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Using stem cells to advance autism research

National Institute of Mental Health Director Thomas Insel, MD, recently interviewed Stanford neurobiologist Ricardo Dolmetsch, PhD, about his autism research involving induced pluripotent stem cells, which are created by reprogramming the gene expression patterns of specialized adult cells. In the video, Dolmetsch explains how he and colleagues devised a technique that allowed them to generate stem cells from children with autism and use these cells to create miniature brains in the lab. He also discusses how researchers are using this method to study brain function in children with autism and develop new therapeutics.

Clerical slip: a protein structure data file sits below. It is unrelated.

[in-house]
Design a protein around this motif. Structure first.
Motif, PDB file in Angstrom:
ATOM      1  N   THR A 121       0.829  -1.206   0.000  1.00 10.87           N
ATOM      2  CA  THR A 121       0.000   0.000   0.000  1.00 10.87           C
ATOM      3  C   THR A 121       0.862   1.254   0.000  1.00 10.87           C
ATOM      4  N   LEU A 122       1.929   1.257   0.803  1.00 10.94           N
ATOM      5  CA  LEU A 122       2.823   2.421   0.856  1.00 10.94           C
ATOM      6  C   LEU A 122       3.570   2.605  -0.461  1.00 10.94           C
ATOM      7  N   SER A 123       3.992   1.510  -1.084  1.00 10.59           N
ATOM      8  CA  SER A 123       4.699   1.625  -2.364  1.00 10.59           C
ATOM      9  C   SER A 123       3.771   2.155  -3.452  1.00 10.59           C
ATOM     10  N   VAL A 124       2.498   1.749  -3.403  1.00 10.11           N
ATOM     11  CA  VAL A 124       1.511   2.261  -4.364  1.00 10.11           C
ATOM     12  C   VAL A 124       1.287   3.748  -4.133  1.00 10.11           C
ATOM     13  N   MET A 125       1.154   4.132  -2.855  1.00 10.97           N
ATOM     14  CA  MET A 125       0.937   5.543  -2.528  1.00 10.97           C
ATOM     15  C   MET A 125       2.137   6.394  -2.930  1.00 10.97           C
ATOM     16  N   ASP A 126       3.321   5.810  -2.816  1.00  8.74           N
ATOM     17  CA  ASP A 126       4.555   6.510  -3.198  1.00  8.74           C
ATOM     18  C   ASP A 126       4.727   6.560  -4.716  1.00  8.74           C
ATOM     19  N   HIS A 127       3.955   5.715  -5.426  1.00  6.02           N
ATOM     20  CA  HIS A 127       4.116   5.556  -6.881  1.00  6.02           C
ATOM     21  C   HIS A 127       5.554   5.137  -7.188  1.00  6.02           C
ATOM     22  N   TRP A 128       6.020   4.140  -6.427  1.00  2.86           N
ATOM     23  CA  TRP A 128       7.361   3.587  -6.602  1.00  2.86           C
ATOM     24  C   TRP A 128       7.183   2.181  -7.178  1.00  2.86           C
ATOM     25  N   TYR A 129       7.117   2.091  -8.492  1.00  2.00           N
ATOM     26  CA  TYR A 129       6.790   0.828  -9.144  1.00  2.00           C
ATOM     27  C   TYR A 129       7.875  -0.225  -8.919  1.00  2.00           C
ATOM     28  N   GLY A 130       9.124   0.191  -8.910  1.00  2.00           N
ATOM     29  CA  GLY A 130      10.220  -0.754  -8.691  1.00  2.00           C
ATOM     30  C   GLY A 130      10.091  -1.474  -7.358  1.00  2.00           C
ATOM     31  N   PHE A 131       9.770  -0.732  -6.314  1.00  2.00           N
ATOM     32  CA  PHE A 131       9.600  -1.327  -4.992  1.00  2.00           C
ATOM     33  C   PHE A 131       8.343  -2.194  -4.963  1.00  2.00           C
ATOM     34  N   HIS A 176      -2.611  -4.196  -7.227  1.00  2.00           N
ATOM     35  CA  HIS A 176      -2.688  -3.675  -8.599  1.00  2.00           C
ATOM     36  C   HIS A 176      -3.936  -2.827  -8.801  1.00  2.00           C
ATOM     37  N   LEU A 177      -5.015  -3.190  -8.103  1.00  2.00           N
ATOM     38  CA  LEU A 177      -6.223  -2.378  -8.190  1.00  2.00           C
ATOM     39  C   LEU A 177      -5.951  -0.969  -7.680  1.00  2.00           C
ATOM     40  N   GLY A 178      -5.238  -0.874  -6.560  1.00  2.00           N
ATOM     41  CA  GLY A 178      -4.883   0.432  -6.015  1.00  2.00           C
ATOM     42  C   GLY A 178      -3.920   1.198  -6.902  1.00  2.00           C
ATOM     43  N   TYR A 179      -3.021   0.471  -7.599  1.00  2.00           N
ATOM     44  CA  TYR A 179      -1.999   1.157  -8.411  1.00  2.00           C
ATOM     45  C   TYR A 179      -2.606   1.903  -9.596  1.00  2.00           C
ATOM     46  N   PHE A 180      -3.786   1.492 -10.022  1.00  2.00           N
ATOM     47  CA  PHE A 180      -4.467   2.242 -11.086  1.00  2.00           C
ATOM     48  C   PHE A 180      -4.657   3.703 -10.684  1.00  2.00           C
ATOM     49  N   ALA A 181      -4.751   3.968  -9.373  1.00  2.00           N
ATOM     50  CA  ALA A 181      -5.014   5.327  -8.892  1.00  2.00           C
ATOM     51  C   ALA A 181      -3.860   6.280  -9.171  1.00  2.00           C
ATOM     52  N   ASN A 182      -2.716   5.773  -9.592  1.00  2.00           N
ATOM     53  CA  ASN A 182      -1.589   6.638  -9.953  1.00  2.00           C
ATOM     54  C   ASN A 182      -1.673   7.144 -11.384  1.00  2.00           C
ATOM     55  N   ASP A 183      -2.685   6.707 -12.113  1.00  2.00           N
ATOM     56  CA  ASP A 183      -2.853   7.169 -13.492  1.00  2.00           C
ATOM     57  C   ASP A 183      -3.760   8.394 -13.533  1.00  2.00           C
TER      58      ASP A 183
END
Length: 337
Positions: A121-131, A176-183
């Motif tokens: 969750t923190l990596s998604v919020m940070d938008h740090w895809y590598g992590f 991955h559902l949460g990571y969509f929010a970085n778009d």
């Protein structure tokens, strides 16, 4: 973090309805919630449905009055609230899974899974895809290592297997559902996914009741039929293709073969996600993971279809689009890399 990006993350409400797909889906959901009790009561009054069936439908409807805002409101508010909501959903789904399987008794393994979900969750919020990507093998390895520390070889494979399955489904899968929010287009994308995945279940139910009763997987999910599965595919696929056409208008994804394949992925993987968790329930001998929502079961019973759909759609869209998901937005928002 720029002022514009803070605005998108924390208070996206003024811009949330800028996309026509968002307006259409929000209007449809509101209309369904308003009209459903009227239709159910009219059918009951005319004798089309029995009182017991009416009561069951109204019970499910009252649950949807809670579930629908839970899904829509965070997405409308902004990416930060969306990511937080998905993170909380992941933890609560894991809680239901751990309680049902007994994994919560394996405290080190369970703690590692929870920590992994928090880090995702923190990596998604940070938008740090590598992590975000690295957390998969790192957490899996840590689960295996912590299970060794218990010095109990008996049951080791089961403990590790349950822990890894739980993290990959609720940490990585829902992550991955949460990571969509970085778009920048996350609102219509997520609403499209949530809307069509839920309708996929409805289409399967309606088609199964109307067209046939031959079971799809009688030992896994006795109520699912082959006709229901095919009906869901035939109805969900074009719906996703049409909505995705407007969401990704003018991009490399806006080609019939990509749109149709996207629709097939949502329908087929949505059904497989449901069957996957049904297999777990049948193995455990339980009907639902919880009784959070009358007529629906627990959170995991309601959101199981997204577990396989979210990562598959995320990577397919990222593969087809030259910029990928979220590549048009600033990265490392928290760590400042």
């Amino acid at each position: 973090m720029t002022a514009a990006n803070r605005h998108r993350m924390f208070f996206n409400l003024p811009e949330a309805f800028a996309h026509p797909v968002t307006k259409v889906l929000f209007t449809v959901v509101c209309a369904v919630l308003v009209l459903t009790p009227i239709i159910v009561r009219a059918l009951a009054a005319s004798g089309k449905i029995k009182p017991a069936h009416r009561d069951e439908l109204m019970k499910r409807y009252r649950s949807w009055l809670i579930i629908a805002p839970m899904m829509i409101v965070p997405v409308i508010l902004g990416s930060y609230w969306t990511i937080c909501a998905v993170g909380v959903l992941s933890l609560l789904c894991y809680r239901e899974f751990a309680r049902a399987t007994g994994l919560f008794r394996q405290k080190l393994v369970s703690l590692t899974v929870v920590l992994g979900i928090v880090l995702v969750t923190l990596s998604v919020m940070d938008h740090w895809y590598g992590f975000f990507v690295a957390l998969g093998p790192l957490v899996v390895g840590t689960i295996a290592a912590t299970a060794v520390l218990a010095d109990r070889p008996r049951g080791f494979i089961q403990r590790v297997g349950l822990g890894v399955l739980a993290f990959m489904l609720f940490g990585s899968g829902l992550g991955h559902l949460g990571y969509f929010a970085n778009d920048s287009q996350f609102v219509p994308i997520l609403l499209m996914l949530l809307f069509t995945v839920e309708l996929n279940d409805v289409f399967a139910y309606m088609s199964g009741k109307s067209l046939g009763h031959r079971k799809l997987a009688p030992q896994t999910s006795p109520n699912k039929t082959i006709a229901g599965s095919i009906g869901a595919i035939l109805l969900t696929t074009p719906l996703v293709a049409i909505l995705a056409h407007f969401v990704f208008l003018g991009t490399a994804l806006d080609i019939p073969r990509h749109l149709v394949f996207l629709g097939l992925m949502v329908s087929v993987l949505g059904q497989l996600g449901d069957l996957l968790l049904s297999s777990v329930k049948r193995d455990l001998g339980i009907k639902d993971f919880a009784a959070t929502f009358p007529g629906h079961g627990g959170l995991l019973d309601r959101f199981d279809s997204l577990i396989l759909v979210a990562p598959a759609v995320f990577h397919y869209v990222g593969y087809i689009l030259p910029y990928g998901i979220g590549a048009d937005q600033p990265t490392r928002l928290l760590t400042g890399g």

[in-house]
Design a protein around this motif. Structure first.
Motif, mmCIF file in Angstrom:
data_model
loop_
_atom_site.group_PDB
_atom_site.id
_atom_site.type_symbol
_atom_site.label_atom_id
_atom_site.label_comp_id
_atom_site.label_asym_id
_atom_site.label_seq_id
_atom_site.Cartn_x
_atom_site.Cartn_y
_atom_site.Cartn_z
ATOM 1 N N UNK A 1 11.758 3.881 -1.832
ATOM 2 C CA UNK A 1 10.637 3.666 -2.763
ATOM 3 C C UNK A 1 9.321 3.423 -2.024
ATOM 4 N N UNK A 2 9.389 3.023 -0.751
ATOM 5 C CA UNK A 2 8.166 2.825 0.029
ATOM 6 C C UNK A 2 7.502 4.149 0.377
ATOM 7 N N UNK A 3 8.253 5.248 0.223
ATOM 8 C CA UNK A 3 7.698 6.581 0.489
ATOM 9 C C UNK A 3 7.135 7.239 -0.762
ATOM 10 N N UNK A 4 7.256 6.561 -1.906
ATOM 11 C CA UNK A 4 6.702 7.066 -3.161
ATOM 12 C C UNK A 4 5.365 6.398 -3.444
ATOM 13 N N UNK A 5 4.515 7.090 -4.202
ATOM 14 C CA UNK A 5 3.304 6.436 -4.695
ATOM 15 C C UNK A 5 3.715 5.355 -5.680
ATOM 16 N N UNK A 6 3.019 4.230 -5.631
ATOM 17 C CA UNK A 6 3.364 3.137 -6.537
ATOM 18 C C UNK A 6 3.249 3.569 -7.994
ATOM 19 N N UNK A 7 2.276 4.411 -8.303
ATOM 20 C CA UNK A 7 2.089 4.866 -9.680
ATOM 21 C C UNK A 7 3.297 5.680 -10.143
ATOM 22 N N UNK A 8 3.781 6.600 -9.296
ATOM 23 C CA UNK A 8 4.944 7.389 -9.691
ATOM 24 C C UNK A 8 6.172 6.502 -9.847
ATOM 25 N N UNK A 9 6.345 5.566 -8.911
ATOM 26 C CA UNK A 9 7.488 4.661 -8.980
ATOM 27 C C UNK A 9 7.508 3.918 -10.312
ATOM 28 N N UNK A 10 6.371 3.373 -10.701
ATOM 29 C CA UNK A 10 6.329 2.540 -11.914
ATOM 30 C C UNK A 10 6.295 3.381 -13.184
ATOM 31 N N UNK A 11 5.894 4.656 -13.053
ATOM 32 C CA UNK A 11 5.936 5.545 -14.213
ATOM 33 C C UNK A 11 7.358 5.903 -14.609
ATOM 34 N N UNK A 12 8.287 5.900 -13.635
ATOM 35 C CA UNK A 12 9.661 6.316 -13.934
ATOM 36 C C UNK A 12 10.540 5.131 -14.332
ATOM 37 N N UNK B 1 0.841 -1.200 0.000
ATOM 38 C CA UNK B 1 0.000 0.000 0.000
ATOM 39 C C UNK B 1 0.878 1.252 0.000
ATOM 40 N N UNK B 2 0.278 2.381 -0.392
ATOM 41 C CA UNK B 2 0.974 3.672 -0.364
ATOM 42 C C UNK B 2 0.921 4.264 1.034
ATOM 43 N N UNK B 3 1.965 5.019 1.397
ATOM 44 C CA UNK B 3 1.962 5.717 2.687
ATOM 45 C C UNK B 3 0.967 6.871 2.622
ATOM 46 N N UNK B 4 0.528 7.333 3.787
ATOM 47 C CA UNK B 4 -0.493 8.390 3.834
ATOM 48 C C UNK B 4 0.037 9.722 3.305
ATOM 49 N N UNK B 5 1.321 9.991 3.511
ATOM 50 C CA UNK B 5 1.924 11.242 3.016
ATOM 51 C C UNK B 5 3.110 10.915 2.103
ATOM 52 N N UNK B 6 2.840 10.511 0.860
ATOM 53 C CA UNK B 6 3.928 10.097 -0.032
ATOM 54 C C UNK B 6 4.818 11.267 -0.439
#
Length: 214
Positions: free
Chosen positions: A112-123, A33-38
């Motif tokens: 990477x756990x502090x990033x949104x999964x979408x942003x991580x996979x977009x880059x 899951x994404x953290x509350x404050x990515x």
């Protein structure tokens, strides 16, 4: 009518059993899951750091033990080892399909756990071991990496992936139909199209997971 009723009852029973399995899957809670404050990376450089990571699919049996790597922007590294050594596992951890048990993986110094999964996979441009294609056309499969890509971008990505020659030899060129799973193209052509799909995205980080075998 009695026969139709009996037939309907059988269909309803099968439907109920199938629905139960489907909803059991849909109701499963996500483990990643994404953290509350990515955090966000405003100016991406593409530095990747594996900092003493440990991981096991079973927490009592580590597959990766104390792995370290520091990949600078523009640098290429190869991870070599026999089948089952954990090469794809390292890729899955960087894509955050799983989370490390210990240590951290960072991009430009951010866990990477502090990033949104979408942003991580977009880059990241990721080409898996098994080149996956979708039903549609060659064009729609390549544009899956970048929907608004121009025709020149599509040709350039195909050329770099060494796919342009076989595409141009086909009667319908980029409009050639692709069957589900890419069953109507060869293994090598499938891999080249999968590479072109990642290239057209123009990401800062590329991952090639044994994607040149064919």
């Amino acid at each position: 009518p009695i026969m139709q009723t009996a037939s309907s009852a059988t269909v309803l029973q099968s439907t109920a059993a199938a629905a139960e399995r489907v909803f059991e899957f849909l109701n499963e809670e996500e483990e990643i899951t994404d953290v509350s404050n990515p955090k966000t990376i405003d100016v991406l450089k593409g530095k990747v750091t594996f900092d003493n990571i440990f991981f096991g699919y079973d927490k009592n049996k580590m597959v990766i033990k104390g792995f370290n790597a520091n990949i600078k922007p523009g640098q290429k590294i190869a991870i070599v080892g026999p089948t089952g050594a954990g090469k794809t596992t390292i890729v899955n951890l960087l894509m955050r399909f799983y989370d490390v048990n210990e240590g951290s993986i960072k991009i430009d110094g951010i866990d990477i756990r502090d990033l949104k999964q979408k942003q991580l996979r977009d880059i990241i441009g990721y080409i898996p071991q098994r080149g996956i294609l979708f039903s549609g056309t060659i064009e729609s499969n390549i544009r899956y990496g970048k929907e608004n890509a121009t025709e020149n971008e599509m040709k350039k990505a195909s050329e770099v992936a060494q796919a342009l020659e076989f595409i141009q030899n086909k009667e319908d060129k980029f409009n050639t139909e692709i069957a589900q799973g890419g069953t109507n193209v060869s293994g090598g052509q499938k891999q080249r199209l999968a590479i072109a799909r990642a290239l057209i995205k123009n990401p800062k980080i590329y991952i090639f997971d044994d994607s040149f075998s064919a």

Previously: Valentine's Day in a dish: heart cells made from skin cells help study, treat disease, Stanford Magazine spotlights scientists' efforts to untangle the root causes of autism and Research on autism is moving in the right direction
Via Left Brain/Right Brain

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